Features | SEAiq Pilot

Noteworthy is that the SEAiq has a version designed for Recreational Sailing. That app is only about $4.99 for download. The app uses free downloadable NOAA charts, which are regularly and automatically updated by the app.

I asked the owner/captain which he preferred. He said he depended on the SEAiq for planning his route, and he liked it better, as it was more intuitive to view and set up the routes. He also used the iPad in the cockpit when on the helm outside (his boat has a pilot house where the Raymarine was located).
______________

Question: Will SEAiq use Active Captain in the future?

On the SEAiq site I saw this mention of Active Captain (and more).

"New Feature: Waterway Guide
Waterway Guide content is now available as a chart overlay within the SEAiq app. Waterway Guide utilizes their extensive user base, large network of on-the-water editors, and full-time staff to provide up-to-date and accurate content
for safe and informed travel along the waterways. Marinas, anchorages, navigation alerts, bridges and locks for the Eastern U.S., Canada, Bahamas, and Cuba are now available for offline access.

Important: ActiveCaptain
We are informed on May 23, 2018 Garmin will make incompatible changes to the ActiveCaptain server. After this date, the current ActiveCaptain data will continue to work in SEAiq. However, no further updates will be available for download. We recommend users sync offline data on their devices before the May 23 cut-off. We are considering updating SEAiq support for ActiveCaptain but do not have definite plans yet."
_______________

Here are some relevant features I found interesting and were seen in my own use of the app.

NOTE! This is copied from the SEAiq page focused on the Recreational Sailor (version of their Software). They have a more robust version that is called the Pilot version and is designed for professional mariners (pilots).

SOURCE: Recreational | SEAiq Pilot

"All our apps provide crisp and clear chart display (see our screen shots). All fonts and symbols are generated specifically for your device so they are clear and easy to read. When specified by the chart, SEAiq uses symbolized lines and area patterns, making the charts easier to ready and giving them a raster-like appearance (SEAiq apps are the only ones to do this).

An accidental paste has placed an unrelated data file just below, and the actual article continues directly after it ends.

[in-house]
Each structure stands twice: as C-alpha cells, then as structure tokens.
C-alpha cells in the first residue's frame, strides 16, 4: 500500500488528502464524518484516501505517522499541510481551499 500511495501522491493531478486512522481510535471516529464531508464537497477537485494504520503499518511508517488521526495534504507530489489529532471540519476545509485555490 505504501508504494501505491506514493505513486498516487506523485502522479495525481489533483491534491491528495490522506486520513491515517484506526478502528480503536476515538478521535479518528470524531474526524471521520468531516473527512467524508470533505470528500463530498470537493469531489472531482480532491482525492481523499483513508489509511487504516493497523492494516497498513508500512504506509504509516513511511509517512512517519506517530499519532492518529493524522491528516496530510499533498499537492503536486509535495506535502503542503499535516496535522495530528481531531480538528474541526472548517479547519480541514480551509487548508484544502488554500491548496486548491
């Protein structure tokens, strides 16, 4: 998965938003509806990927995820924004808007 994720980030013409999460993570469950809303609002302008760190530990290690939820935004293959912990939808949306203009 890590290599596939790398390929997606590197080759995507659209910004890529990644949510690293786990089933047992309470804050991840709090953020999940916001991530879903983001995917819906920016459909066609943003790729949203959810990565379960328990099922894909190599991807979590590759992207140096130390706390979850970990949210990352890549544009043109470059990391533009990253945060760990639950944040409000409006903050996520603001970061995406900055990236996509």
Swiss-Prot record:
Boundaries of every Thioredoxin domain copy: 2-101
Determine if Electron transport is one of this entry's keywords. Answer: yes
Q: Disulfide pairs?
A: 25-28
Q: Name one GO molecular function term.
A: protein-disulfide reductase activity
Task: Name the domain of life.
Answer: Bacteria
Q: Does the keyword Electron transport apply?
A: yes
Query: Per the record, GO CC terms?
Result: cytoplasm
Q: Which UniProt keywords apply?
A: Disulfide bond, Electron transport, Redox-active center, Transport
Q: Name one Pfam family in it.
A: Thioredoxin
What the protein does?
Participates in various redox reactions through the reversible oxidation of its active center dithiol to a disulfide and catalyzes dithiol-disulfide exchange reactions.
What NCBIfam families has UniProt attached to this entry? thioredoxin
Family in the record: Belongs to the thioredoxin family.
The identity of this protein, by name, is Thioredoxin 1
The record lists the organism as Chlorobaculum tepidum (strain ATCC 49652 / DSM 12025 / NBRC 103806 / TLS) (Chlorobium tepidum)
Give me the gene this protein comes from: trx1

Other features common to all our apps include:
Fully offline use: there is no need to be connected to the internet
Includes a base chart of the world (not suitable for navigation)
View charts using normal iPad gestures, including pan, zoom, and rotate.
Chart quilting: when viewing areas covered by different charts, SEAiq will quilt them together, selecting the best available chart data for the scale you are viewing at.
Full access to all data in vector charts. You can select any point and access all the data associated with each of the features. Vector charts contain much more information than most mariners realize. I used this.
GPS
Integrated GPS available on most iPads and iPhones to indicate your current location, course, and speed.
External NMEA to get GPS information (and other sensors) from your vessel (requires WiFi enabled NMEA).
GPS sharing. You can access GPS information from another device. This is useful if you have a WiFi-only iPad without integrated GPS support. It can connect wirelessly to an iPhone or iPad with GPS.
AIS. Display AIS targets on your chart display according to their reported location.
Predicted course display including rate-of-turn information, when zoomed in sufficiently.
Textual and visual CPA.
True-scale vessel representation, accounting for location of the GPS antenna.
Requires WiFi enabled AIS/NMEA.
Tracks. See the route your vessel has followed.
Waypoints and routes. Create and edit waypoints and routes directly from the chart display.
Weather. Automatic and manual download of wind and pressure/isobar data.
Active Captain. Download and access the Active Captain interactive cruising guidebook.
Customized display using Shallow, Safety, and Deep Depth Contours you provide. This allows the charts to highlight features that are possible danger.
Day, evening, night color modes are available to help protect your night vision when in low light conditions.
Display in variety of units. You can select the units you want displayed for depths, distances, speed, etc.
True and magnetic north.
Keep awake mode keeps your iPad display from going to sleep." I used this.